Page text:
Q&A Corner: Sarah Pitcock, CEO at the National Summer Learning Association
Wednesday, June 18, 2014
Sarah Pitcock, CEO of the National Summer Learning Association (NSLA) has spent most of her career working in summer learning programs. In honor of National Summer Learning Day, Lane Russell asked her about the importance of summer learning and where the field is heading.
You’ve dedicated much of your career to summer learning. What drives you to do this work?
I think it’s the appeal of a common sense, critical issue and the incredible people I get to work with that keeps me so focused on summer learning. I had the most wonderful summers growing up. Both of my parents worked, so I went from experience to experience – band camp, sleep away camp, ballet and theatre camps. So much of who I am today is because of the opportunities I had to take risks and learn from them in the summer. You can’t spend time in low-income schools and tell me that each and every one of those students doesn’t deserve the same summer experiences that I had, or that each and every one of them doesn’t want to feel a sense of confidence and mastery. I feel a tremendous sense of responsibility to shine a light on the fact that half of the children in this country have far from the idealized version of summer. Many of them lose access to books, adult mentors, organized activities, regular meals and a sense of security for a quarter of the year, every year. Summer learning is not only a moral imperative, it’s an economic imperative, and it’s an honor to represent the people who are working toward both equity and excellence in this important issue.
In the past 10 years, what has changed the most about the summer learning field? What has changed the least?
Awareness is much higher broadly, which has created a much more favorable landscape for summer learning opportunities to grow. We don’t have to pitch or educate the media in the same way each year. “Summer learning loss” and “summer slide” are now in our lexicon, and there is much more widespread interest in the issue. NSLA is far from the only group beating the drum on summer learning. There are too many local efforts to count, and several states are implementing or developing their own summer learning campaigns. I think we’ve done a great job of creating an echo chamber so that leaders of other educational and developmental efforts see summer learning as one more tool in their toolbox for change. In terms of what’s changed the least, I think we still suffer from misperceptions of summer learning as remedial and punitive. There’s still a stigma attached to “summer school” that affects participation among the children who need summer learning the most.
Where do you see the summer learning movement heading in the next five years?
I think we’ll see it continue to be more integrated into municipal collective impact and pipeline initiatives. Summer learning is pivotal for different reasons throughout a child’s life, including transitions into kindergarten, middle and high school and college, so cities will need to build the infrastructure to support it at scale. I think the field will get smarter about measuring the right outcomes in the right way and sharing and aligning data more with school year programs. School districts will increasingly move beyond strictly remedial models to embrace community partnerships and innovative professional development for teachers in the summer. I think summer learning will boom in the next five years through technology. We’re already seeing tremendous growth in the marketplace of products available for anytime, anywhere summer learning, and many of them provide excellent data for both teachers and parents. My greatest hope, however, is that we see many more school districts and citywide systems collecting data on summer program participation. That would be a game changer.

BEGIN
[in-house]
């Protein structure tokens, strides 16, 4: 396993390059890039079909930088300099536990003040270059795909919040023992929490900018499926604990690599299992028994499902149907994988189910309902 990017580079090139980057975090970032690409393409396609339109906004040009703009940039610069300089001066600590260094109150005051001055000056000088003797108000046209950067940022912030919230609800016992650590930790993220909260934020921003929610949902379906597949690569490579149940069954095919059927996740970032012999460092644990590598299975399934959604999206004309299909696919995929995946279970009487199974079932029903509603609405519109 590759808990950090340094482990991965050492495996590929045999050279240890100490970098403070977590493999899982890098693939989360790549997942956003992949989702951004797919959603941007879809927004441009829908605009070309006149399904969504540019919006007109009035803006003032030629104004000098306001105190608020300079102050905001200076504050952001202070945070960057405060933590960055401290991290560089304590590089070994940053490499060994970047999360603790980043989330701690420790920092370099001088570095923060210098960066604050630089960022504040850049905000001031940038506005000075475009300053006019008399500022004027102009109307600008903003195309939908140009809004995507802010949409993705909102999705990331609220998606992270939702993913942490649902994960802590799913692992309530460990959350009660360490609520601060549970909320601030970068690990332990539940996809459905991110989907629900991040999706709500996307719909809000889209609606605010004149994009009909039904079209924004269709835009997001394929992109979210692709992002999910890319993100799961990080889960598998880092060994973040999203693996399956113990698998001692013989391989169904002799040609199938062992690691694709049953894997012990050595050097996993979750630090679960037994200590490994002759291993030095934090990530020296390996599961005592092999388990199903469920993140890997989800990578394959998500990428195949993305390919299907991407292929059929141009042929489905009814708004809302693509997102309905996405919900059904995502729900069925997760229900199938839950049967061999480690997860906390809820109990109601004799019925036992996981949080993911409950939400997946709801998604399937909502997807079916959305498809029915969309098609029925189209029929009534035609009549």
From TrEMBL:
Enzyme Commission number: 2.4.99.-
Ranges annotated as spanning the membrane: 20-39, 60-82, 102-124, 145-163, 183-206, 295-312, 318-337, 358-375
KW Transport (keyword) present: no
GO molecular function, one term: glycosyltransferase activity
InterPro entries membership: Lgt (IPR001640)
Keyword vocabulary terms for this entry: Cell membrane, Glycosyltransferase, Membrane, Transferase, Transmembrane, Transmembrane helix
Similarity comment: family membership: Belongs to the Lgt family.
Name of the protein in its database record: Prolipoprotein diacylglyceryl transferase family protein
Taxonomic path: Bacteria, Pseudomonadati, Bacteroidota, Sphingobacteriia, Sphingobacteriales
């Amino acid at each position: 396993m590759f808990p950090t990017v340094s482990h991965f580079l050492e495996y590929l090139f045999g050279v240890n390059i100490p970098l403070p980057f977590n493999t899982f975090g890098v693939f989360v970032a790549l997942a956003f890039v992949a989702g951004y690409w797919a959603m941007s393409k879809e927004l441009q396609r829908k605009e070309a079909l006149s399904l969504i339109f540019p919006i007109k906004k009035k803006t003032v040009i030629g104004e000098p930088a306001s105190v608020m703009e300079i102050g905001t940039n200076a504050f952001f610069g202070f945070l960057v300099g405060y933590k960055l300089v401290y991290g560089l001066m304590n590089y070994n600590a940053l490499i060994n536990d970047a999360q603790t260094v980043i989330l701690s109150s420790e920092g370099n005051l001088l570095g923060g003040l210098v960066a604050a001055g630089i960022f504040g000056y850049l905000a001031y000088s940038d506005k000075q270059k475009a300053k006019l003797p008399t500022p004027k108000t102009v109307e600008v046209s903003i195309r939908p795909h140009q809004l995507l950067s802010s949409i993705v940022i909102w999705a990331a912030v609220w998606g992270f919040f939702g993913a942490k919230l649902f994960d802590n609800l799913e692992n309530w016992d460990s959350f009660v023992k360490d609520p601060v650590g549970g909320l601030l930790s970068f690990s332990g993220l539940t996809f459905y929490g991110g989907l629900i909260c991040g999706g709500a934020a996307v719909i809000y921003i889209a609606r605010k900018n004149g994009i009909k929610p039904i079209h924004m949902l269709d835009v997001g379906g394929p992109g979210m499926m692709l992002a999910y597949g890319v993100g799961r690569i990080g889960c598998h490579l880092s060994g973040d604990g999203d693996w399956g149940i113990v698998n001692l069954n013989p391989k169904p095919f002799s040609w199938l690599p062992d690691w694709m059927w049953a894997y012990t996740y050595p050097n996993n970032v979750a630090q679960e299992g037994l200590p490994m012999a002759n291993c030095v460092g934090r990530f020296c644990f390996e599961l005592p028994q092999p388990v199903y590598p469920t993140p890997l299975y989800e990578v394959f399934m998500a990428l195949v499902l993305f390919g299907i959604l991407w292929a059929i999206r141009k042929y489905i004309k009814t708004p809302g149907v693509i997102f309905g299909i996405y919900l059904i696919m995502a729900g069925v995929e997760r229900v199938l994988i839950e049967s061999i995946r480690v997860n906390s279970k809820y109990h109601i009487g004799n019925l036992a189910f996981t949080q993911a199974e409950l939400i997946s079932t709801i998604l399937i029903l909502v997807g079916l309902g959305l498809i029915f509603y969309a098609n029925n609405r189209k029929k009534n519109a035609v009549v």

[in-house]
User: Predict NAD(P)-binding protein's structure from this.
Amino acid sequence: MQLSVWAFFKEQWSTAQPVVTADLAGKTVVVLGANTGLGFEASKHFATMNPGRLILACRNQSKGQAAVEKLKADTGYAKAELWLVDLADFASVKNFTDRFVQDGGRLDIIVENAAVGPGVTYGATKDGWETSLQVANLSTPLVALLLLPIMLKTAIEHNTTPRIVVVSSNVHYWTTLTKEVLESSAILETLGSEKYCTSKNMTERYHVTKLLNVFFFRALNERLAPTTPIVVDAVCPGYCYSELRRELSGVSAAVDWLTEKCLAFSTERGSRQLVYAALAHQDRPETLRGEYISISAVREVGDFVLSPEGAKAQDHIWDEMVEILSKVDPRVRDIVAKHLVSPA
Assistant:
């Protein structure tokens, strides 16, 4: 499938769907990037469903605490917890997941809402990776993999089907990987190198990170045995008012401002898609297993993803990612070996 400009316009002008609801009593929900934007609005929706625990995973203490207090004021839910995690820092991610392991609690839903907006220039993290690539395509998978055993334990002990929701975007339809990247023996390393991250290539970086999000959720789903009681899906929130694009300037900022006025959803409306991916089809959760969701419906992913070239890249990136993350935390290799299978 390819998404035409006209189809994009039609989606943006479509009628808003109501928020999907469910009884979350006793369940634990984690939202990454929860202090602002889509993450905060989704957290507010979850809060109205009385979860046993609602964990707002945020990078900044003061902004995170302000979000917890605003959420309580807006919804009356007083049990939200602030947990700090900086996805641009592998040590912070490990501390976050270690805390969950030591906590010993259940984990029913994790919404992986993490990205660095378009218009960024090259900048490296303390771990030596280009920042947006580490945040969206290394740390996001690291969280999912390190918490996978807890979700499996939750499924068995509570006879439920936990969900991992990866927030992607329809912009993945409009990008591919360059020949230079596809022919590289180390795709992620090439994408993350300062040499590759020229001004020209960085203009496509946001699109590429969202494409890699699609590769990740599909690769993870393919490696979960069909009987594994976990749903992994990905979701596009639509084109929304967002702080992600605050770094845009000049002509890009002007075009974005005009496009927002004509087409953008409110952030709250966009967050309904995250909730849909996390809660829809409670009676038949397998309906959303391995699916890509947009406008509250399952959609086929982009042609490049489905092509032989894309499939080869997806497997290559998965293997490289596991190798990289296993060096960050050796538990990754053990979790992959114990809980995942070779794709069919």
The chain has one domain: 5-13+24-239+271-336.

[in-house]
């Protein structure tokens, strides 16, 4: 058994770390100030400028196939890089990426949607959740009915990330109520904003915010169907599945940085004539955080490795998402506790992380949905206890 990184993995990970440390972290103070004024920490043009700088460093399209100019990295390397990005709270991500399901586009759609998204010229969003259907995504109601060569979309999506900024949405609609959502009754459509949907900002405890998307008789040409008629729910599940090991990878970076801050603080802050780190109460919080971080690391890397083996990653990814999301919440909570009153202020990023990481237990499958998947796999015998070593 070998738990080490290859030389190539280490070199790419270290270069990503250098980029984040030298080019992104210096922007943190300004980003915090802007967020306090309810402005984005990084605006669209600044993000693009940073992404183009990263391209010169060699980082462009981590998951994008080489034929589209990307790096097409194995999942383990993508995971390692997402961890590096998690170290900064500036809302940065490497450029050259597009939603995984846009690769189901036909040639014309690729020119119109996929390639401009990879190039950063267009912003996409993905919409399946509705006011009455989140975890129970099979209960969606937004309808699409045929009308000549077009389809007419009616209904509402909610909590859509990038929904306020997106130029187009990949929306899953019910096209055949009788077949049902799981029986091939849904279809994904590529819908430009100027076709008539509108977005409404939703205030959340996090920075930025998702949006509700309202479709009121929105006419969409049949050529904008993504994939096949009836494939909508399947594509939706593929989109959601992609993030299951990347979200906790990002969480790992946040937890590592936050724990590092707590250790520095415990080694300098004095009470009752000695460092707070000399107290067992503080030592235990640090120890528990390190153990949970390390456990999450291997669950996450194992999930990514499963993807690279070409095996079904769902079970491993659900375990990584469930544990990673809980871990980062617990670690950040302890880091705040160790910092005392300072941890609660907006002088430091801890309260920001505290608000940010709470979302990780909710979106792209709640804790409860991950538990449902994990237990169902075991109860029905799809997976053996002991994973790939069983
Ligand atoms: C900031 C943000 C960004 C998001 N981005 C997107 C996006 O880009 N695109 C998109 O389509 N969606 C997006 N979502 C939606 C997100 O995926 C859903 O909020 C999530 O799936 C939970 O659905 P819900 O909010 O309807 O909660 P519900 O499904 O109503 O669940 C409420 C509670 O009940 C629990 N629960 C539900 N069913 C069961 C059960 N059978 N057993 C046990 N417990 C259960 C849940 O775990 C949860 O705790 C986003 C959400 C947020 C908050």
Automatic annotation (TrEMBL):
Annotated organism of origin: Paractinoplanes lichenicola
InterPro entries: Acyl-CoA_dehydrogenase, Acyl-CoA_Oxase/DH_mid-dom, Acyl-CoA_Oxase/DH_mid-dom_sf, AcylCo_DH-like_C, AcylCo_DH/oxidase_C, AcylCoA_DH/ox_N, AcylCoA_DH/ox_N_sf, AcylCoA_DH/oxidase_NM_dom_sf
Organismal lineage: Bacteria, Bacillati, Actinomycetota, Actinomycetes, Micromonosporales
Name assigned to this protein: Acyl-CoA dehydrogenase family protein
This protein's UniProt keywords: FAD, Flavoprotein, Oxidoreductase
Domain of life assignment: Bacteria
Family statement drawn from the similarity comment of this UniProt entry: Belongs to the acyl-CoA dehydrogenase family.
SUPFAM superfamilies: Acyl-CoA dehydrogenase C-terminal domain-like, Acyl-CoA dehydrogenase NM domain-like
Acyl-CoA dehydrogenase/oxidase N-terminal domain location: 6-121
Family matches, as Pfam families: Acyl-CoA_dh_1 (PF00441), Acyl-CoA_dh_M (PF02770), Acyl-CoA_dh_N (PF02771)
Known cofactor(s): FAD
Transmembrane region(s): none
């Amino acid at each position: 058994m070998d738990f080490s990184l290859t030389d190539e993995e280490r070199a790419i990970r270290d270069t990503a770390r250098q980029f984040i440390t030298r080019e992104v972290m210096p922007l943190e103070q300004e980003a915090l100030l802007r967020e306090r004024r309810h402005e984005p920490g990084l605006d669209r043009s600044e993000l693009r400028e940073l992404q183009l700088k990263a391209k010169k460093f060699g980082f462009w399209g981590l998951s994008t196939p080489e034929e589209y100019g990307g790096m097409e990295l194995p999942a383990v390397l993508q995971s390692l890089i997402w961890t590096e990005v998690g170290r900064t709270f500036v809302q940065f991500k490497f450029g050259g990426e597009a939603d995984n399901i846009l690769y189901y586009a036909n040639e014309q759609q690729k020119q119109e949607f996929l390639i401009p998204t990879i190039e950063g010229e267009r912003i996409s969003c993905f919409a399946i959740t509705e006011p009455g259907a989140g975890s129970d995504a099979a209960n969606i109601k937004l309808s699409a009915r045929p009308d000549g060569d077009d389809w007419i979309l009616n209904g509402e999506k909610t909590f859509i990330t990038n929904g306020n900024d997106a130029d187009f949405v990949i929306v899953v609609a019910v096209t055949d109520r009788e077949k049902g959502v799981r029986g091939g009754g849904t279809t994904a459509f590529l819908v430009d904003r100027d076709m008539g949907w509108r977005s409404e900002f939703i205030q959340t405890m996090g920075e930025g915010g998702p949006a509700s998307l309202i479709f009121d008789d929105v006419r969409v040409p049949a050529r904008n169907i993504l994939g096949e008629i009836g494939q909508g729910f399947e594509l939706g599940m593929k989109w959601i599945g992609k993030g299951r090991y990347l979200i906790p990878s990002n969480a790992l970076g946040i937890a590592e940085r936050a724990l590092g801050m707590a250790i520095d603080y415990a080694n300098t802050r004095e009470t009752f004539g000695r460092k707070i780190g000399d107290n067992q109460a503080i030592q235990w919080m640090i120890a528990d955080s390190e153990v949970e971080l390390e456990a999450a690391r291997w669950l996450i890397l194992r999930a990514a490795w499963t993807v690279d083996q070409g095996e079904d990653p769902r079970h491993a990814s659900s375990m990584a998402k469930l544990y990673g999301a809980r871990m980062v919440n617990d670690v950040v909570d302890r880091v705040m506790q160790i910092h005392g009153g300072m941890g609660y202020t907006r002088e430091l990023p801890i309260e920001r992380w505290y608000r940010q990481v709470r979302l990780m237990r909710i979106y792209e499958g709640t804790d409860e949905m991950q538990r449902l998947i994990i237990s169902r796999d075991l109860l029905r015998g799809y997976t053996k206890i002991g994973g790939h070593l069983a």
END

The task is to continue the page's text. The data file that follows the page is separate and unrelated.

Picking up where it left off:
I’ve spent the last five summers crisscrossing the country visiting summer programs – I went to 15 states last summer alone. We can write case studies and take photos and video in programs, but there is nothing like being there yourself to understand why they are so life changing. Summer Learning Day draws parents, community leaders, members of the media and policy makers into programs to have those experiences themselves. It’s about the solution, not the problem. It’s a chance to say – we know what kids need, and we’re doing it. Help us grow.
What is one myth about summer learning that you would like to bust?
I think the biggest myth is that summer learning has to happen in a desk or a school or even in an organized program. If we are going to achieve a population-level reduction in the achievement gap, we have to think of summer learning as living in every nook and cranny of our communities and our homes. We have to empower a broad base of community educators, parents and young people to seek out and facilitate summer learning opportunities of all kinds.
The National Summer Learning Association is an Alliance partner. Learn more about National Summer Learning Day here.
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